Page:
Fair Isle: 136.2mm (in 24hrs)
Dundonnell (south of Ullapool): 124.7mm (in 24hrs), with 160mm falling in the Ullapool area in 48hours (that's 6.3 inches!)
Stornoway town: 55.6mm (in 30hrs) - so in comparison we escaped quite lightly!
Some photos of the flooding and debris near Ullapool / Carrbridge (sources: Erica Gearty / BBC / Hebrides News):
Posted by Dr. Eddy Graham on 11 August 2014, 10:43 AM
Ex-hurricane Bertha showed a beautiful eye over the North Sea this morning - with a stormy wrap-around of cloud stretching right across the north of Scotland towards the Hebrides:
Image: METEOSAT HRV
As I type, Stornoway is currently being battered by gale force NW winds and torrential rain, with 25.3mm (1.00in) of rain falling by 10h00 this morning (the all-time rainfall record for Stornoway is 69.8mm/2.74in). Worryingly,the high resolution GFS met model is predicting 24-hr totals over Lewis and NW Scotland of 75-80mm today - let's wait and see!
Eddie, Stornoway, 10h45, Monday 11th August 2014
Posted by Dr. Eddy Graham on 06 August 2014, 1:18 PM
Make no mistake about it... ex-hurricane "Bertha" is on her way to Britain!
However, before nationwide panic sets in... I hasten to add that hurricanes in the strictest definition do not occur in Britain - instead, the very warm and humid air associated with them sometimes get wrapped into our familiar low-pressure systems, giving them a kind of "turbo boost". That is what will happen over the coming weekend, as a very vigorous low pressure system will sweep in from the south-west, bringing heavy rain and downpours (risk of local flooding), strong winds and generally bad August weather!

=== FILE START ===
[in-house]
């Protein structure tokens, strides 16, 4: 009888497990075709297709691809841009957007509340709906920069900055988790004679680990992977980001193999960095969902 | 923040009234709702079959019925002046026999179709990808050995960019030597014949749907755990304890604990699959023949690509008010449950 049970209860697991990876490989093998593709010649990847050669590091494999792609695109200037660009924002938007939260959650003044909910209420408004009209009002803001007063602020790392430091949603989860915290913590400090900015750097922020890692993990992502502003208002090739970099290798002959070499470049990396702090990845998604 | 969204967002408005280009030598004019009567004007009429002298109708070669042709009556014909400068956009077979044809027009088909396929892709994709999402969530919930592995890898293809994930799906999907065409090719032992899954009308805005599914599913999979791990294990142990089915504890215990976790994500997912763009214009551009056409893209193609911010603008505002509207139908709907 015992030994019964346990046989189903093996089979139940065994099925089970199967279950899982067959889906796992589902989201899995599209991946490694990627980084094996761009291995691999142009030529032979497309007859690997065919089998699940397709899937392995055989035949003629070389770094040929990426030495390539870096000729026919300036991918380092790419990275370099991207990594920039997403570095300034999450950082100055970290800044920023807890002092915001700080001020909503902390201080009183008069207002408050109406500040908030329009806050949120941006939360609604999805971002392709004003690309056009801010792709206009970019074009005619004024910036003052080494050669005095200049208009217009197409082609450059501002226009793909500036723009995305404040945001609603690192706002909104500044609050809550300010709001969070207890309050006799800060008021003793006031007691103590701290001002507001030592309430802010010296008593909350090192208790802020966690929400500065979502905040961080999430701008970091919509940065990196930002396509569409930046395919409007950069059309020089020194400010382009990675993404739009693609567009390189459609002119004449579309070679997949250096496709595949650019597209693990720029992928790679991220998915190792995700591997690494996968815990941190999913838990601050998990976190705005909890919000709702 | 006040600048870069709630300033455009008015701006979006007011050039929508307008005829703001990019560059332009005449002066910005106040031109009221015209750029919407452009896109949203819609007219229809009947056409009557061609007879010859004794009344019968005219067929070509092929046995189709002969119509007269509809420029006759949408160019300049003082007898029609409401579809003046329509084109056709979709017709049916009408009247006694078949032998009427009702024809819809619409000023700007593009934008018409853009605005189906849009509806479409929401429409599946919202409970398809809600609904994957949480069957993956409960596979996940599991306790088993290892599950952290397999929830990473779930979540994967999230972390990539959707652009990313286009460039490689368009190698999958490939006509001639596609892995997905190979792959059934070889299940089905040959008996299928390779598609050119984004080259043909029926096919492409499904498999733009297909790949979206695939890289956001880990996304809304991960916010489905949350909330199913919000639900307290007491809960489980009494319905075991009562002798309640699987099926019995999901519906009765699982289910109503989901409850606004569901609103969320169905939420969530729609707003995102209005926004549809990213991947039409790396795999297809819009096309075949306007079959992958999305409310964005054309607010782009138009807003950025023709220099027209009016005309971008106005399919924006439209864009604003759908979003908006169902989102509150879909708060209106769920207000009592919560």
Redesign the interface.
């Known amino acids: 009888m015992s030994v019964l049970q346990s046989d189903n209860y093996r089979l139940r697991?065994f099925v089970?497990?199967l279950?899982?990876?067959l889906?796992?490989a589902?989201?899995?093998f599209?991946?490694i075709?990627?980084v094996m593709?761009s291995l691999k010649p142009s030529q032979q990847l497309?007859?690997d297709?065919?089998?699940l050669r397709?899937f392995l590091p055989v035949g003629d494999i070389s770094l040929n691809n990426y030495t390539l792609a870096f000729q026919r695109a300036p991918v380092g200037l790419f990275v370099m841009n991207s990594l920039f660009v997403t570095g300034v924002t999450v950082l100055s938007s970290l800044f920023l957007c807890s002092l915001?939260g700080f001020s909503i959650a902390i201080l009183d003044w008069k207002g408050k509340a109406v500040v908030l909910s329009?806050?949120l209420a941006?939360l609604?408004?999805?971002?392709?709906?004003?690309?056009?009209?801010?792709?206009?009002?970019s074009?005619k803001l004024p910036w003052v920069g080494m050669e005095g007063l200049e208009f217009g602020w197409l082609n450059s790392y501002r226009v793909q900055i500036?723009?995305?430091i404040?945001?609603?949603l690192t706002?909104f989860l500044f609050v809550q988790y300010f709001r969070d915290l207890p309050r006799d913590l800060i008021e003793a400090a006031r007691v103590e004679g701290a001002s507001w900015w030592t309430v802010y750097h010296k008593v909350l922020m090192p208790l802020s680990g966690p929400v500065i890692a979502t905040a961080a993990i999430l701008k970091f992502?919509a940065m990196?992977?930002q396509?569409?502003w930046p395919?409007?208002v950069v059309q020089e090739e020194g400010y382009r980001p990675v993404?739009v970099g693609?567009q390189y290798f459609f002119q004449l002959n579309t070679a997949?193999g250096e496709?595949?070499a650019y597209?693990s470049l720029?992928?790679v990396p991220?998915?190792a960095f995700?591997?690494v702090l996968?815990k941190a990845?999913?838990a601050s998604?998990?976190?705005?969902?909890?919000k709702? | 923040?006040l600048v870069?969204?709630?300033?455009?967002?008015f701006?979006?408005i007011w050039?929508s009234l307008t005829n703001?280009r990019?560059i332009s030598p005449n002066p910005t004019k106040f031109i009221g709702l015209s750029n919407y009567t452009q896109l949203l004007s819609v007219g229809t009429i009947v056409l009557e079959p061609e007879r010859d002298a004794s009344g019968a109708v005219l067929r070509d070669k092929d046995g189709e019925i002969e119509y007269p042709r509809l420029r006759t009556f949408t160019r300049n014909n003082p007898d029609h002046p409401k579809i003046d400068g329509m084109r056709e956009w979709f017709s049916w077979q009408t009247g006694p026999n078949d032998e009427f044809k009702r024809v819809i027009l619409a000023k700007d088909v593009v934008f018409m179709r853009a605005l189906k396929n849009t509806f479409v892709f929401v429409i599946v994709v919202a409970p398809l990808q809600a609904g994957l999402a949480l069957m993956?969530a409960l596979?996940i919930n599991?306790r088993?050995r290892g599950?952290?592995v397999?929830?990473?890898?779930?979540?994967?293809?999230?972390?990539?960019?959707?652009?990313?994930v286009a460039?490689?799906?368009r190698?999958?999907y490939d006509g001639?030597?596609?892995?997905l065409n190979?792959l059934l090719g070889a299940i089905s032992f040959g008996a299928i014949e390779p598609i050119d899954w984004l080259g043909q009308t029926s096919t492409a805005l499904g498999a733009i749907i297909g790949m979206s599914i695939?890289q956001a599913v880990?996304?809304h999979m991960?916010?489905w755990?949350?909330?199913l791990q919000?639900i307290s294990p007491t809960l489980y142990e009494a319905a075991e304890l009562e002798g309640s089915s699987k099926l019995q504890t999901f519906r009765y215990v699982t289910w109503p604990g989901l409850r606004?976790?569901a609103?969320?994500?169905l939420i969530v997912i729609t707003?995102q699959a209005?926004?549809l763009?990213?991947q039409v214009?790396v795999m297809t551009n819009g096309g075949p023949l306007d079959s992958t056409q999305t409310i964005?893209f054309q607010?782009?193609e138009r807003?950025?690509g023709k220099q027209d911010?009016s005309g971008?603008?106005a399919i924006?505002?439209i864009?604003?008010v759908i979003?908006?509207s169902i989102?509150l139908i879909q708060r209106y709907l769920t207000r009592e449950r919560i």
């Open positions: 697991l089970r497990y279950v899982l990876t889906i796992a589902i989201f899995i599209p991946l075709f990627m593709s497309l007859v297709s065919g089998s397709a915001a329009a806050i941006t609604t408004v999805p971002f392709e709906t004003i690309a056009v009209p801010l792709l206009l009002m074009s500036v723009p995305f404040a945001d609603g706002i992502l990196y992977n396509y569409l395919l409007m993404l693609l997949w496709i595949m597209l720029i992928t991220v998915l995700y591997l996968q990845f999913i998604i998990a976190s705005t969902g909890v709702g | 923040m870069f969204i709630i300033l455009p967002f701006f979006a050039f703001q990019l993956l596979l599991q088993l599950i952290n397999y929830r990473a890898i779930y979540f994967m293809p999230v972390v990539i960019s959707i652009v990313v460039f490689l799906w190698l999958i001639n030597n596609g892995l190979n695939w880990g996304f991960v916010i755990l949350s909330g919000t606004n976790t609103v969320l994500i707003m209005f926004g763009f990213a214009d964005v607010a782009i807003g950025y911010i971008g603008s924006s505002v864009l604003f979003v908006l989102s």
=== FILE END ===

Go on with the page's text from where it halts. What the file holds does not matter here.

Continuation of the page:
Here's the FNMOC NAVGEM plot of Bertha's route across the Atlantic (see small red & blue hurricane symbols) as she hits Britain early next Monday morning:
Image courtesy NASA/MODIS
So please keep posted - follow me on twitter at: https://twitter.com/eddy_weather
Posted by Dr. Eddy Graham on 06 August 2014, 12:27 PM
July 2014 was the 3rd warmest July on record in Stornoway (after 2006 and 1933), and 7th warmest month (of any month) since available meteorological observations began in 1873. On the 24th of the month, a high value of 27.0degC was measured in Stornoway town, which is highest temperature ever recorded in Stornoway. It was also a very sunny month, with 191 hours of total sunshine (140% of average).
The heat culminated during 8-day period from the 18th-26th inclusive, with six consecutive days reaching above 20degC (and 8 out of 9 days also exceeding this value) - a very rare event. The average maximum temperature of these 6 days was 21.6degC, a value that has only been equalled on three previous occasions (July 1897, August 1976 and June 2009).
The historic incidence of a six-day period with air temperatures above 20degC in Stornoway can be seen in the following graph - on only 7 previous occasions has this occurred since the year 1873 i.e. about a 1 in 20-year event.
Image courtesy NASA/MODIS
Stornoway Airport's value of 25.0degC on the 24th was the highest since July 2003 (when 26.2degC was recorded) - the record remains 26.3degC from August 1999.
Eddie, Stornoway, August 2014
Posted by Dr. Eddy Graham on 10 July 2014, 11:44 PM
Make no mistake... high summer has arrived on the Isles.. what a glorious few days of weather we've been having these past few days !
And together with the magnificent clear skies, the NASA satellite today has picked up what seems to be a beautiful cyan Phytoplankton bloom off the north coast of Scotland (see image below).
Phytoplankton are microscopic sea plants that grow in especially think densities when bright sunshine interacts with nutrients caused by the upwelling of cold waters (which sometimes happens around western coasts of the British Isles during spring and early summer).